BY CRAIG W. ANDERSON
Dairies rebounded somewhat in 2011 and 2012's been a challenge, but 2013 should be better, is the word from dairy experts.
The dairy crash of 2008-2009 hasn't been forgotten by San Joaquin County dairy farmers and today they face the same, if slightly less drastic, challenges as they did then: the cost of production rose 15.3 percent in 2011, according to the CDFA Dairy Marketing Branch's annual Cost of Production report.
The numbers for San Joaquin County's milk production in 2011 aren't out yet but dairy was worth $341.4 million in 2010 according to the agricultural commissioner's annual Crop Report, the most current numbers available.
"The increased cost was largely due to higher feed prices for hay, grain commodities, and by-products, which increased in every quarter compared to the corresponding quarter a year earlier," noted the report.
"It's the cost-price squeeze," said Jack Hamm, SJFB first vice president and dairy farmer near Lodi. "Costs are astronomical and if prices decline even a little and costs stay up, you've got a real problem."
Feed and cows
The report said cow numbers are supposed to decline in 2012 but adds that "producers are not culling as quickly as anticipated" and that the total dairy herd will be 9.23 million head nationwide with milk production estimated at 201.9 billion pounds in 2012, increasing to 202.6 billion pounds in 2013.
California has about 1.75 million dairy cows and 1.5 million dairy heifers, along with 700,000 beef cows. "Dairy is a very big player in California beef," said Hamm.
Improving position in global market
He said the board has played a significant role in moving milk into Mexico, a product that has a long shelf life due to new, higher temperature pasteurizing that kills the spores, fungi and other elements that cause milk to spoil.
He said the key to the USA being a bigger player internationally is to change the way our exported non-fat dry and skim milk powder is made with low heat. "Overseas buyers don't want it because it spoils sooner. So, if we make a better milk powder we'll be able to compete more effectively in the international market."
Global milk production is increasing and, said John Kaczor, market analyst with California Milk Producers Council, "The laws of supply and demand seem to have hit the global dairy market as high milk prices around the globe last year helped boost cow numbers and production per cow in most regions."
Correct prediction? Wrong prediction?
"With all the business with Greece and concerns about China's quarterly growth, I'm not so sure," said Robin Schmahl, hedging and marketing specialist with AgDairy LLC. "We're fighting heavier production in other countries, seeing lackluster demand, and building stocks that will likely limit a price rally later this year."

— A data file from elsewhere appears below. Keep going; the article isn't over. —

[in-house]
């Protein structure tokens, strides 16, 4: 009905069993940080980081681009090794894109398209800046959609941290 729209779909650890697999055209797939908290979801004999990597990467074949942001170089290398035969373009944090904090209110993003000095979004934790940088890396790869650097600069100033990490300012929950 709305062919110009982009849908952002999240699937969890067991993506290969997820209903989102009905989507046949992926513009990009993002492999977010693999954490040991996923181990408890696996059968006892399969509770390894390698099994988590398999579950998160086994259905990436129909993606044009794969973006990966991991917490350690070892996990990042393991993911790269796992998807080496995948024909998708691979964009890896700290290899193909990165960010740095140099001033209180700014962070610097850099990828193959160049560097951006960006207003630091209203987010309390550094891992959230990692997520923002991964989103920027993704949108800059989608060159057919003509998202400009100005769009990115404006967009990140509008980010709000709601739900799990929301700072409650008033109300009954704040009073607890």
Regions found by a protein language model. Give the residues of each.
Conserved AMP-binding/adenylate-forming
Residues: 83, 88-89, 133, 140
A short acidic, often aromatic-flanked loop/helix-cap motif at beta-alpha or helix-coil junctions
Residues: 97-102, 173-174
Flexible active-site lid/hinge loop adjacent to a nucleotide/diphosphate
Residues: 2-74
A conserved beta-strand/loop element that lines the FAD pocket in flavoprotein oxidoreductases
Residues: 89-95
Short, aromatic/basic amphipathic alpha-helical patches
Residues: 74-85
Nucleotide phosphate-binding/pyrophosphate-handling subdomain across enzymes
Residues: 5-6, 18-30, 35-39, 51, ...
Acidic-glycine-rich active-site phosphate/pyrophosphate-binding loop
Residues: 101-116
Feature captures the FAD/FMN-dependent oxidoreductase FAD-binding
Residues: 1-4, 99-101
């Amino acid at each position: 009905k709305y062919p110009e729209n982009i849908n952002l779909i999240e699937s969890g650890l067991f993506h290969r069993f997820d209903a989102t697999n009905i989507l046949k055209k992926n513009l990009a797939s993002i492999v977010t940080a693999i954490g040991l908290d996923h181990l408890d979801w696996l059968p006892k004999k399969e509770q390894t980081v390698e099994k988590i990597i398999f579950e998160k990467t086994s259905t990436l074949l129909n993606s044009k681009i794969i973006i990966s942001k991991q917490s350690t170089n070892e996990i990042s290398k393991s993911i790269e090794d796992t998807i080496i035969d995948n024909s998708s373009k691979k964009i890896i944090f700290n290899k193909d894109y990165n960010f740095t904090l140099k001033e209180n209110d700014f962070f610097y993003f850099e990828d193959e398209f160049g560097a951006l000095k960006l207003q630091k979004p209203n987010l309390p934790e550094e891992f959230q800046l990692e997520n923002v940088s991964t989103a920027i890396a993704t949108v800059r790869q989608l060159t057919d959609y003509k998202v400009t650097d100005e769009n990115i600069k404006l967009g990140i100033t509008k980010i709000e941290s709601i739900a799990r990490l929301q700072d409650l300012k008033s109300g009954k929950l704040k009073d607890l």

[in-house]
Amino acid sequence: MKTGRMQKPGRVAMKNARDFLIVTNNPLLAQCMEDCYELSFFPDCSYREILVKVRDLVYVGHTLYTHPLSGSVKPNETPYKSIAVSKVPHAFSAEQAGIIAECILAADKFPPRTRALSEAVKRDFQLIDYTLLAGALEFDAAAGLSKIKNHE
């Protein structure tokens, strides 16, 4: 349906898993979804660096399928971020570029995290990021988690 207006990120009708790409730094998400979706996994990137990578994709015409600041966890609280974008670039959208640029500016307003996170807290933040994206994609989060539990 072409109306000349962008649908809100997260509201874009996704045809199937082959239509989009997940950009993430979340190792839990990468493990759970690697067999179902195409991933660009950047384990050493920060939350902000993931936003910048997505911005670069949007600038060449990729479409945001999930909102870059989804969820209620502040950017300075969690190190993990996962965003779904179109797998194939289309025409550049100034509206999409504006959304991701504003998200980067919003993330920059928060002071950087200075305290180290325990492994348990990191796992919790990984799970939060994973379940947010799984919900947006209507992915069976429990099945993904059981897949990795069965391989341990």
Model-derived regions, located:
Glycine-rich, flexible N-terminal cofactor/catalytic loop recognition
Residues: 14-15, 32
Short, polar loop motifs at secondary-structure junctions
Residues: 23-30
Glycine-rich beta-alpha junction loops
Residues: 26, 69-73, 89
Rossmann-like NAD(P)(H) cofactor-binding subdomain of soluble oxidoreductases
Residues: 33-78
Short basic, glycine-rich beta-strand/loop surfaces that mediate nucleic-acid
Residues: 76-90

And the U.S. Dairy Export Council threw cold water on any thought of a milk price uptick when it said, "Excess supplies of milk are leading to price softening in the U.S. and international dairy markets and increasing product inventories will keep downward pressure on those markets."
"If we're going to be competitive globally, we must think of our industry as a world product with world prices and that we must produce a better product if we want to compete in that world," Quaresma said.
If exports are being juggled and manipulated to keep demand ahead of supply, or at least tied, then what's happening in California?
"Regulations are still an expensive input cost," Hamm said. "Water, air, there are regulations for everything."
Hamm said, "Everyone's keeping an eye on the BSE situation. And kudos to the state and federal department's of ag. Farm Bureau kept people informed."
He said the agencies involved did a "fantastic job of checking for BSE and keeping the lid on it. It was investigated thoroughly and handled well."
The fast-emerging export markets might save the day and boost the state's dairy industry over the next few years. But some dairies don't have a few, or even two, years left.
With feed costs through the roof – $300 a ton for corn – energy arriving at premium prices, supply grappling with demand, dairies closing, the global market shaky, BSE appearing but being resolutely smacked down by local, state, and federal agencies, all that's left is for other states to recruit California dairies. Which is what they're doing.
What does the future hold for San Joaquin County dairies?